Orioles Prospect Coby Mayo On Working Out With Anthony Rizzo Last Offseason

Orioles third base prospect Coby Mayo, who was recently promoted to Low-A Delmarva from the Florida Complex League, has enjoyed a productive season in his first taste of pro ball … which isn’t surprising considering who he worked out with last offseason.

Mayo worked out with New York Yankees star first baseman Anthony Rizzo, who like Mayo attended Marjory Stoneman Douglas High School in Parkland, Fla. The two also share a trainer in South Florida-based Tom Flynn. Mayo actually played baseball growing up with Flynn’s son, and Rizzo would come out to games.

Mayo, 19, has been working out with Flynn for the past four or five years. This offseason, Flynn surprised him.

“This offseason I was working out and he was like, ‘Hey, you’re going to be working out with Anthony and Mike Napoli,'” Mayo said on Glenn Clark Radio Aug. 27. “Those are the guys that my trainer’s been training. It was like, ‘Whoa, OK.’ As weeks go by, months go by, we’ve just become pretty close. Six days a week working out together [and] going down to the beach for workouts.

“He’s so good to me. I’m really honored to call him one of my closer friends. It’s pretty awesome to work out with one of the greats in the game right now and one of the most liked guys around the league.”

Rizzo, 32, is a career .269/.369/.482 hitter with 247 home runs and 805 RBIs entering play Sept. 2. He was drafted out of high school by the Boston Red Sox in 2007 and eventually became a superstar with the Chicago Cubs before being traded to the Yankees at the deadline this year. But Rizzo had to overcome a major obstacle on his way to stardom. In 2008, his first year of pro ball, he was diagnosed with and treated for Hodgkin’s lymphoma, a form of cancer.

So what has Mayo learned from Rizzo?

“There’s going to be ups and downs. It’s not always going to be easy. He definitely proved that you can overcome anything in baseball,” Mayo said. “You’re going to have high days and you’re going to have really, really low days, but you’ve really just got to stay right in the middle and always keep going because every day’s a new day.”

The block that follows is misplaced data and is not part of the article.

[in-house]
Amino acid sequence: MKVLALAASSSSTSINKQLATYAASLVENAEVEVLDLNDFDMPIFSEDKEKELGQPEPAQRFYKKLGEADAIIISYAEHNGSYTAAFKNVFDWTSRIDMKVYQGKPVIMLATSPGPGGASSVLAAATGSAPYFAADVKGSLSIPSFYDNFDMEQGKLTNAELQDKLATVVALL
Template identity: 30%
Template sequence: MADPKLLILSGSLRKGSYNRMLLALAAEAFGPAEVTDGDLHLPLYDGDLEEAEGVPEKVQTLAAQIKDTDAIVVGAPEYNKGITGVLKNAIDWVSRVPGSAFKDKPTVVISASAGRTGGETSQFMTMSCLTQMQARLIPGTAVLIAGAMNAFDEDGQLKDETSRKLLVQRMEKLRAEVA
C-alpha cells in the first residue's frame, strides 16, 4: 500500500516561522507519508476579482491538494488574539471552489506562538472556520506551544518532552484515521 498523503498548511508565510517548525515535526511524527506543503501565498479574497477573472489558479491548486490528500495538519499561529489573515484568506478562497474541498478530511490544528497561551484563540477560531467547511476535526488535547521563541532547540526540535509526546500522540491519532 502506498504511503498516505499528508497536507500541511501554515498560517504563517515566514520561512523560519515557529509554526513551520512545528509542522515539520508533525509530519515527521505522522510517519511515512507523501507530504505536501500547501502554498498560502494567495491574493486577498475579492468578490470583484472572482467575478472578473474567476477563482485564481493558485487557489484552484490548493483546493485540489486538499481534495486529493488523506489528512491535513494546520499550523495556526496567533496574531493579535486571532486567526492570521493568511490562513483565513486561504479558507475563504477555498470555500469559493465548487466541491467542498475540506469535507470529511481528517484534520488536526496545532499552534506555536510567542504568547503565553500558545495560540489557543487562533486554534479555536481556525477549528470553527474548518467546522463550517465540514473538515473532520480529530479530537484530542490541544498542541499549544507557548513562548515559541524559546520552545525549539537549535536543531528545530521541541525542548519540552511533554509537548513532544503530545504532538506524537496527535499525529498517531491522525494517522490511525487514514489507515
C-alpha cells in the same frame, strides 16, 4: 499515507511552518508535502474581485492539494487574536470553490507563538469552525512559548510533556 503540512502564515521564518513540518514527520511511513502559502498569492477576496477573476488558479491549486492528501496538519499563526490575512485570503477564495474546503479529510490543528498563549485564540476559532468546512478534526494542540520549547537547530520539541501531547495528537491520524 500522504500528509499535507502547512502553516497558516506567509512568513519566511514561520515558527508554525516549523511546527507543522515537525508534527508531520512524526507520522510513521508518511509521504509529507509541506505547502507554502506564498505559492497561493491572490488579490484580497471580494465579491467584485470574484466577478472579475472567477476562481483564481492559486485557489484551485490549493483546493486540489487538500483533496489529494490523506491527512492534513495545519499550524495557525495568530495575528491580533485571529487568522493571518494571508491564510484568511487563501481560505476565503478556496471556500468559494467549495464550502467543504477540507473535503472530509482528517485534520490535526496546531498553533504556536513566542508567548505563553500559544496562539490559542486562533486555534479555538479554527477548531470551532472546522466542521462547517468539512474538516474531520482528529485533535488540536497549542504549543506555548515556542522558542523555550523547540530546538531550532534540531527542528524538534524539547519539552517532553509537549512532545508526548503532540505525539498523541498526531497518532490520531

Mayo rattled off several other South Florida products either in the big leagues or working their way there, including Atlanta Braves pitcher Touki Toussaint, Miami Marlins pitcher Jesús Luzardo and San Diego Padres reliever Shaun Anderson. Mayo is aiming to join them in the big leagues before long, and he’s off to a good start.

Mayo was drafted by the Orioles in the fourth round of the 2020 MLB Draft as a high-upside infielder with big-time raw power and arm strength. He signed for an over-slot bonus of $1.75 million to forego his commitment to Florida. Because of the pandemic, he didn’t get his first professional at-bats until this year in the FCL this year. He was promoted to Delmarva along with a host of 2021 draftees in mid-August.

The 6-foot-5, 215-pound third baseman is hitting .301/.419/.528 with six home runs across the two levels this year entering play Sept. 2. He stressed that he doesn’t view himself as a prototypical power hitter with a lot of swing and miss.

“I’m not used to striking out a lot. I was always on base,” Mayo said. “I never really classified myself as a power hitter. As I got older, people started saying that more and more because I was hitting balls very far and I was very big. But I think people will see it’s not home run or a strikeout. It’s a lot more in between. It’s a lot more hard contact.”

Because of his size, there are questions about whether Mayo will be able to stick on the dirt. Right field is likely a viable fallback plan, but Mayo doesn’t want to hear about that. He was a shortstop at ages 8, 9 and 10, then moved to third in travel ball, then moved back to short in high school and now is at third in pro ball. That’s where he wants to stay long term.

“There’s always going to be people saying that you can’t do this, you can’t do that, but I think I’m proving to a lot of people that I am a third baseman and that’s where I want to be,” Mayo said. “I really work hard on my infield [preparation]. In the offseason people don’t see the work that I put in. It’s going to show itself, I think.”

To hear more from Mayo, listen to the full interview here:

Photo Credit: Joey Gardner

Luke Jackson

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